The group was divided between 2 coaches, ones having lunch and those not. Having made our picnic we joined the no lunch coach although they travelled together. The first stop was to a vineyard but with a difference. The vines were being grown in clumps behind little dry stone walls expertly built, it reminded us of Lanzarote where the vines were grown in little hollows. The reasoning behind this is firstly it protects them from the wind and secondly the bricks heat up during the day and then during the night the cooling causes condensation and therefore making them self watering.

There are red windmills like this all over the island

 

 

 

 

 

The beautiful red windmill in the centre looked lovely but probably didn’t function any more judging by the sails. Everyone took turns in climbing the little ladder to get a better view of the vines.

 

The cafe garden. Can you see his goat?

 

 

We stopped for coffee by a little roadside cafe who didn’t appear to know we were coming when he saw 2 bus loads of tourists descending on him but coped very well.  The coffee here is really nice and only €1 a cup. They don’t know what cappuccino is but a latte is the same. The area was very rural with a lovely garden behind the cafe.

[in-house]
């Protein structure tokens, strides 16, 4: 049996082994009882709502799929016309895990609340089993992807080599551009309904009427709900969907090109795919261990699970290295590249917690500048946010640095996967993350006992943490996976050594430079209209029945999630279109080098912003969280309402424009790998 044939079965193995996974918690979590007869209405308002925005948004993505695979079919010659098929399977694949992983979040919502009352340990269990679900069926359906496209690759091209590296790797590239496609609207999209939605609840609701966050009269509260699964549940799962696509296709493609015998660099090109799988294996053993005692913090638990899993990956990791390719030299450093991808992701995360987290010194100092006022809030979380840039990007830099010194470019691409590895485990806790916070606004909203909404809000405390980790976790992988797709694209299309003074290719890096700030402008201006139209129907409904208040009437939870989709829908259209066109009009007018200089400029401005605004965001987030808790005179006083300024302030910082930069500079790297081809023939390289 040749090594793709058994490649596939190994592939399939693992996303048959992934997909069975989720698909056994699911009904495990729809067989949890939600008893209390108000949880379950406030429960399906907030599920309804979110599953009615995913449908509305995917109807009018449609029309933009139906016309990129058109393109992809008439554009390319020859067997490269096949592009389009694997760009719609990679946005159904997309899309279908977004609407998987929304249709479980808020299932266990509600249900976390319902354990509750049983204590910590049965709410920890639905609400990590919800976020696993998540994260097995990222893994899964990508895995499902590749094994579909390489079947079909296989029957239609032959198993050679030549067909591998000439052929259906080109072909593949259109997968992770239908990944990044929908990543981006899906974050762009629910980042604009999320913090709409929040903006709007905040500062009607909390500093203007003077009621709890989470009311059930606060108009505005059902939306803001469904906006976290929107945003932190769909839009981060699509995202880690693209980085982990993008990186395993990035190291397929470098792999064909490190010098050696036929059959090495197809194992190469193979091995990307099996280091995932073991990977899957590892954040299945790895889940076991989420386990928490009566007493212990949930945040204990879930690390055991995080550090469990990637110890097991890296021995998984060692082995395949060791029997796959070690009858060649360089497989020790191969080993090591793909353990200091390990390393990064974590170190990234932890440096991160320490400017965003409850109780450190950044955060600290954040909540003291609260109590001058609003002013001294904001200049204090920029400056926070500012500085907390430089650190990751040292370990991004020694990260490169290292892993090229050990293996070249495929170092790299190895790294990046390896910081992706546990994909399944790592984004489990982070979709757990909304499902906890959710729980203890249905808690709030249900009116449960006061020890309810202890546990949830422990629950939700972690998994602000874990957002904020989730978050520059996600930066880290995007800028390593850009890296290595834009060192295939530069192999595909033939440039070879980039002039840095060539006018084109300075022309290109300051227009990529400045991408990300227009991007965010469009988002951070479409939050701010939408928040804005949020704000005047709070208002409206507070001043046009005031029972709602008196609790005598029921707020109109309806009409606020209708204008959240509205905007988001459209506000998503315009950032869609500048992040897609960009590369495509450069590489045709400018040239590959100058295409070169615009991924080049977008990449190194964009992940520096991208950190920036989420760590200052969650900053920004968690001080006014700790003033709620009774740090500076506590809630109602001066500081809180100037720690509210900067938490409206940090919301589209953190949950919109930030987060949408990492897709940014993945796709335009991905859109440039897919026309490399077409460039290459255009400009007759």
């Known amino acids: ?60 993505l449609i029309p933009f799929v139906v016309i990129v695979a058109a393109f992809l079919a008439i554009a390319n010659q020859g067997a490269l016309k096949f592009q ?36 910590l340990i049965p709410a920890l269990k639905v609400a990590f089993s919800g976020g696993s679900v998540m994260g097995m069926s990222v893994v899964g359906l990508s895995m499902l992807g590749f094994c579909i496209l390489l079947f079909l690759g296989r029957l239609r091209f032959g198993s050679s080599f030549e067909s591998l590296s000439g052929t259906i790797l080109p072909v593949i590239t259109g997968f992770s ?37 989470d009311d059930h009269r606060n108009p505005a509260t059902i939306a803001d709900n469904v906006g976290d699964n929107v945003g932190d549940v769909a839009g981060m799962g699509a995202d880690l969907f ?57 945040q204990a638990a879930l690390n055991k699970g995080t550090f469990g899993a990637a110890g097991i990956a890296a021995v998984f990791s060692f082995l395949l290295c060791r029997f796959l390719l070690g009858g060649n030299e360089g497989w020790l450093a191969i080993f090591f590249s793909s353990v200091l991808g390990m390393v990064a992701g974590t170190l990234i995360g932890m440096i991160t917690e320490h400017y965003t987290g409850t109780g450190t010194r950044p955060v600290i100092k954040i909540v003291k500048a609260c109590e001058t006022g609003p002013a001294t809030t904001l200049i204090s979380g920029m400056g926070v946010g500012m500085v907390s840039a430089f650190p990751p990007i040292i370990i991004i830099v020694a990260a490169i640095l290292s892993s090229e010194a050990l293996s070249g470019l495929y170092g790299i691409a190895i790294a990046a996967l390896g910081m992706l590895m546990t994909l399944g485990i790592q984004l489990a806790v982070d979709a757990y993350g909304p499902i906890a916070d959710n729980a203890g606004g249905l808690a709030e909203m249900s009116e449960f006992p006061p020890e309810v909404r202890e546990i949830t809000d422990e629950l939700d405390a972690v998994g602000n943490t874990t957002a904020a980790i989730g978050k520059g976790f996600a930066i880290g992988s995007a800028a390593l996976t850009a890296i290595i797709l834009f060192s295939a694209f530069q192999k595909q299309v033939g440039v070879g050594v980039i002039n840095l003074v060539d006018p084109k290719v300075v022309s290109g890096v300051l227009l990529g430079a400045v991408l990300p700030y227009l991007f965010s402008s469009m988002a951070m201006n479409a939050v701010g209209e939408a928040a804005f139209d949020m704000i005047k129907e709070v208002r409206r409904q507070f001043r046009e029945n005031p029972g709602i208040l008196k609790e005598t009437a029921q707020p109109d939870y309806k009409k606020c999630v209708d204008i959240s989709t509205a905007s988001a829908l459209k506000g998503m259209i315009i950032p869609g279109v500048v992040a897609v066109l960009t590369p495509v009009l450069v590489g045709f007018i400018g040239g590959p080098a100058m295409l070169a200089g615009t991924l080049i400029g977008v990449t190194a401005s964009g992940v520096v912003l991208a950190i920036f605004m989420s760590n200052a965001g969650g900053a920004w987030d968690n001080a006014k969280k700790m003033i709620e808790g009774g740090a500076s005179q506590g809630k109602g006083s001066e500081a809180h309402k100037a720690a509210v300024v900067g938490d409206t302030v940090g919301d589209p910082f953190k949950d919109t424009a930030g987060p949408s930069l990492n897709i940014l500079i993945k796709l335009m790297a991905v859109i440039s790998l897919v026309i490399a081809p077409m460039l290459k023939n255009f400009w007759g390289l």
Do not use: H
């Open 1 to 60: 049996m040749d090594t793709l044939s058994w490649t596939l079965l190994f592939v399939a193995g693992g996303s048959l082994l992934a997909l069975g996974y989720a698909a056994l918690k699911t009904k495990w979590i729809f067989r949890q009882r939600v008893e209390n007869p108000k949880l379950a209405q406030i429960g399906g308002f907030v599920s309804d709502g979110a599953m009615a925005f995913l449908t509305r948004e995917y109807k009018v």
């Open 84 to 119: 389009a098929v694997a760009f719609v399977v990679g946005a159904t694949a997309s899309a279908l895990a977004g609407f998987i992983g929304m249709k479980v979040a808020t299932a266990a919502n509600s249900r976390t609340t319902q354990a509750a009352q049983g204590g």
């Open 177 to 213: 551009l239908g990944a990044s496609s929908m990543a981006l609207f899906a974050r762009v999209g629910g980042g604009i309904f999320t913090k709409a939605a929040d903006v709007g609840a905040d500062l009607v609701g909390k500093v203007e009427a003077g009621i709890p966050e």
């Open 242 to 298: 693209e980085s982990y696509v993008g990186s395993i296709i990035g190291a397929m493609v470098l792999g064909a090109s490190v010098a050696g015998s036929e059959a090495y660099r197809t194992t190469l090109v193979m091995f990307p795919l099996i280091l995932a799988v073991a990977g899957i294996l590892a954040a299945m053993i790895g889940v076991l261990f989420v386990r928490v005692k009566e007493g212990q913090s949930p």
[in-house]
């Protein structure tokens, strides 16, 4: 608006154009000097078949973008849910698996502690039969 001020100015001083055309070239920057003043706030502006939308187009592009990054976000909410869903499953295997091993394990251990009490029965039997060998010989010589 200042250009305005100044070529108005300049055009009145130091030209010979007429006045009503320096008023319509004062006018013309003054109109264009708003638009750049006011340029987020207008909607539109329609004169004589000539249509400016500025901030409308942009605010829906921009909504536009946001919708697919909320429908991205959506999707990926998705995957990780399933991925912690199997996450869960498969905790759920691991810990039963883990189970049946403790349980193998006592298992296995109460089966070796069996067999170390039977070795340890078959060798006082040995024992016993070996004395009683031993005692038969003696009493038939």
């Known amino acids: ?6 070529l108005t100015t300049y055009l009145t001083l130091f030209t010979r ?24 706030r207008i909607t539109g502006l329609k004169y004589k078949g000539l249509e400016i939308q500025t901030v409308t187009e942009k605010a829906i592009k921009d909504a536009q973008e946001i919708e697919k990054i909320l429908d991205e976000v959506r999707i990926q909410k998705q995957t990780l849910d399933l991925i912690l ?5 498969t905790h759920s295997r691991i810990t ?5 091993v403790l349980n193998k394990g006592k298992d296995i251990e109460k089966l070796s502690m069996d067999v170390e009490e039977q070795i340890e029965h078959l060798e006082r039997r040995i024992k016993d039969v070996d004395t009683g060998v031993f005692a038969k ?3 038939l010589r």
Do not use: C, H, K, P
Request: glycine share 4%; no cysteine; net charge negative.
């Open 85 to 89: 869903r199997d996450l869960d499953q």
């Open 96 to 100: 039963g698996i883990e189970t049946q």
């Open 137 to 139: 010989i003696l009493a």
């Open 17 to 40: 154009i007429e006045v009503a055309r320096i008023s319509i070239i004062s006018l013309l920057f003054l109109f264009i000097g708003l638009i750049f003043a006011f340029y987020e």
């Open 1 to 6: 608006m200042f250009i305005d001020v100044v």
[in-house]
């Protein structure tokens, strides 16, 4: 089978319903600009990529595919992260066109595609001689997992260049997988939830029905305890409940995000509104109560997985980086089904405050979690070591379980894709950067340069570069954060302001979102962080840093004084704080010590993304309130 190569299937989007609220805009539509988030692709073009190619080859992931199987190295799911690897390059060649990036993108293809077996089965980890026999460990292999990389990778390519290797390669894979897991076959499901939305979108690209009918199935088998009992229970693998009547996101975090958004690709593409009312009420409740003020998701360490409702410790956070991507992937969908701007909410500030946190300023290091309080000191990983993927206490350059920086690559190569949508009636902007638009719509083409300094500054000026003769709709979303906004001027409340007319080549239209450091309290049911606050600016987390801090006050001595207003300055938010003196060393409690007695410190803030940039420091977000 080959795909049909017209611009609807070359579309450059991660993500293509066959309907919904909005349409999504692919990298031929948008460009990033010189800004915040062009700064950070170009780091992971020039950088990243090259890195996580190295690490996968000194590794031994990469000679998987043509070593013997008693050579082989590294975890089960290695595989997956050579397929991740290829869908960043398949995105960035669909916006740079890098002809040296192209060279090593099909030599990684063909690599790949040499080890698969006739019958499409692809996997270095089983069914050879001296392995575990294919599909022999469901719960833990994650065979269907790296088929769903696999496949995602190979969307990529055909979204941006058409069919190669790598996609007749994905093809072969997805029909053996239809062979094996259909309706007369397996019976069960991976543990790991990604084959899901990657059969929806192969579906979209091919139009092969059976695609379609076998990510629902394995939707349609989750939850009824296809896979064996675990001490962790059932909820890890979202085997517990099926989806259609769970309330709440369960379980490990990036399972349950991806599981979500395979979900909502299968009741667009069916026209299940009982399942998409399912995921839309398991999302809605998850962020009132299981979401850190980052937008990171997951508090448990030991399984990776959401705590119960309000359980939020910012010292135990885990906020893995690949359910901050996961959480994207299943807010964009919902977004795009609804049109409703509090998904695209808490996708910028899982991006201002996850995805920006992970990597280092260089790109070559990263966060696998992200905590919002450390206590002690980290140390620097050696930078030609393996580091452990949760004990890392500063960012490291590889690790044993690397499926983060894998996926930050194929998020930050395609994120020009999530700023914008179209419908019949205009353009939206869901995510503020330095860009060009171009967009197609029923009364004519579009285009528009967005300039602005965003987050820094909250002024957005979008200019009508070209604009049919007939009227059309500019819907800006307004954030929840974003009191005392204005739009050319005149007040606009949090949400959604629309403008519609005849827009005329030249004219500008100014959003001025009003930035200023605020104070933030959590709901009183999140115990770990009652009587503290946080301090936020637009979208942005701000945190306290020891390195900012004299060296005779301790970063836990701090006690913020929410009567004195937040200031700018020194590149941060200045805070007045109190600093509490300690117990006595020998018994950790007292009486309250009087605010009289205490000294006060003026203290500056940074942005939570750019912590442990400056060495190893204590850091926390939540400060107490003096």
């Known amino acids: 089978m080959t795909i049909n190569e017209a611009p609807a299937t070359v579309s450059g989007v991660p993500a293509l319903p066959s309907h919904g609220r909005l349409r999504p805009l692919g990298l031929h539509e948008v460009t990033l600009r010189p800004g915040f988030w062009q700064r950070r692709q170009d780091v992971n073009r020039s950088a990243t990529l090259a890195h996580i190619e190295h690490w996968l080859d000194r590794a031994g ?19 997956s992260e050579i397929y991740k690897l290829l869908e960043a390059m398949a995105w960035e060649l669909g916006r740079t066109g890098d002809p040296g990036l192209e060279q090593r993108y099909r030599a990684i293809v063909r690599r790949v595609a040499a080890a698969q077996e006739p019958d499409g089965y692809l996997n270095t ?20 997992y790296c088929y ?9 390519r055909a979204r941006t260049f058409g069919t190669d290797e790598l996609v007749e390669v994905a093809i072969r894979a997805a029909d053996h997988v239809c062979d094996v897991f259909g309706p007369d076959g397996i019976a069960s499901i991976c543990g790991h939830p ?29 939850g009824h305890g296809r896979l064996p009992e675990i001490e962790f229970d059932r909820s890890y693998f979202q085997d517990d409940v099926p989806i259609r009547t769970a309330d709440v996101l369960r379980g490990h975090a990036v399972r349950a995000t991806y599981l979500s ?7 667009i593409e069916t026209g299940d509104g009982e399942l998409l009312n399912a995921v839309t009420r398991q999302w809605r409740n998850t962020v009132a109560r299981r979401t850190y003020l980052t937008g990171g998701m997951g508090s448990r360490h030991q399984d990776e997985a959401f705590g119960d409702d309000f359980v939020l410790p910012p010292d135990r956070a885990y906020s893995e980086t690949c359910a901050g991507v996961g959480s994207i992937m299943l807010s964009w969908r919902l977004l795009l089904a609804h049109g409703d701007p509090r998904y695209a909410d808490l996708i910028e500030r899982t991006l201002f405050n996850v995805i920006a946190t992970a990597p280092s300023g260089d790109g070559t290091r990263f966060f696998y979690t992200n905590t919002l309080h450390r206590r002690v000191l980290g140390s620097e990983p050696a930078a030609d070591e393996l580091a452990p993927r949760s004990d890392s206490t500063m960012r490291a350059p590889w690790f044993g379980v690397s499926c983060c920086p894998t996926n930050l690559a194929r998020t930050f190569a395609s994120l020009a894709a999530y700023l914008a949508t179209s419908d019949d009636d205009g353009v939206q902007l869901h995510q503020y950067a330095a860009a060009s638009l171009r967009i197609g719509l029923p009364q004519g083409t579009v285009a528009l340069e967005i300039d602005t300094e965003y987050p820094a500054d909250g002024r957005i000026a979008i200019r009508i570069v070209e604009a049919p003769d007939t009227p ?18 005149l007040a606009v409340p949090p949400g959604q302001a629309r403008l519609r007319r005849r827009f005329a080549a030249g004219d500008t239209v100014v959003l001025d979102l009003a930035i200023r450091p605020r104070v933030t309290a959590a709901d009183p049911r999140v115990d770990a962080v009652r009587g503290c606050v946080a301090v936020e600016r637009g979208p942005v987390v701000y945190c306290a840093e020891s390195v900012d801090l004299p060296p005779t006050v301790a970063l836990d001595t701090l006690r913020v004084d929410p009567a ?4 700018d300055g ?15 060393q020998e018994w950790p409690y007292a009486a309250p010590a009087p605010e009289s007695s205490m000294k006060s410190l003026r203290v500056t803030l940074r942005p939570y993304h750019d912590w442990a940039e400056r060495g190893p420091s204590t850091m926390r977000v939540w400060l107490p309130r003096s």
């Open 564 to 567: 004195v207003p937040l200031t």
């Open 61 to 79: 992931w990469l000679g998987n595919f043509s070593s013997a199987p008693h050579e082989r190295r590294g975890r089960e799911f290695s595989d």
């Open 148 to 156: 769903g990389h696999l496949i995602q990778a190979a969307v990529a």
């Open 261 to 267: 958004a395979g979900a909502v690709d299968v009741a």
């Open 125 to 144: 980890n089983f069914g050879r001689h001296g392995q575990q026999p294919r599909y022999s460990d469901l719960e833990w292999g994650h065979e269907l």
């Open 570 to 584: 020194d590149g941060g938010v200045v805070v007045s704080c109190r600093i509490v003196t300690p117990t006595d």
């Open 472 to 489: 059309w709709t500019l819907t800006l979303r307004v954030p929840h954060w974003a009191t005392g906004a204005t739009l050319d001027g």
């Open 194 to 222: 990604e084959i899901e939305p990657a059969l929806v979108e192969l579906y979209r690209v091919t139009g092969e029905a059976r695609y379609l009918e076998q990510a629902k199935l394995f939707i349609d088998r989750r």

One of the very good exhibits

 

 

 

Eventually we arrived at Lajes and were taken to visit the whale museum. The group were shown into a video room to watch a video of how the whales used to be caught. I didn’t want to watch anything like that and chose not to watch it. I’m glad I didn’t because apparently it was fairly graphic.

The view from our lunch spot

The view across the harbour. Our lunch stop was just to the left of the photo

 

 

After the museum visit the ‘lunch included’ coach gathered its group and left for a restaurant outside the town. Bill and I took our picnic and climbed up to an old fort for a wonderful view looking down on the harbour while we ate our lunch and had time to explore the pretty village.

The streets of the old town were very narrow

 

 

 

Very pretty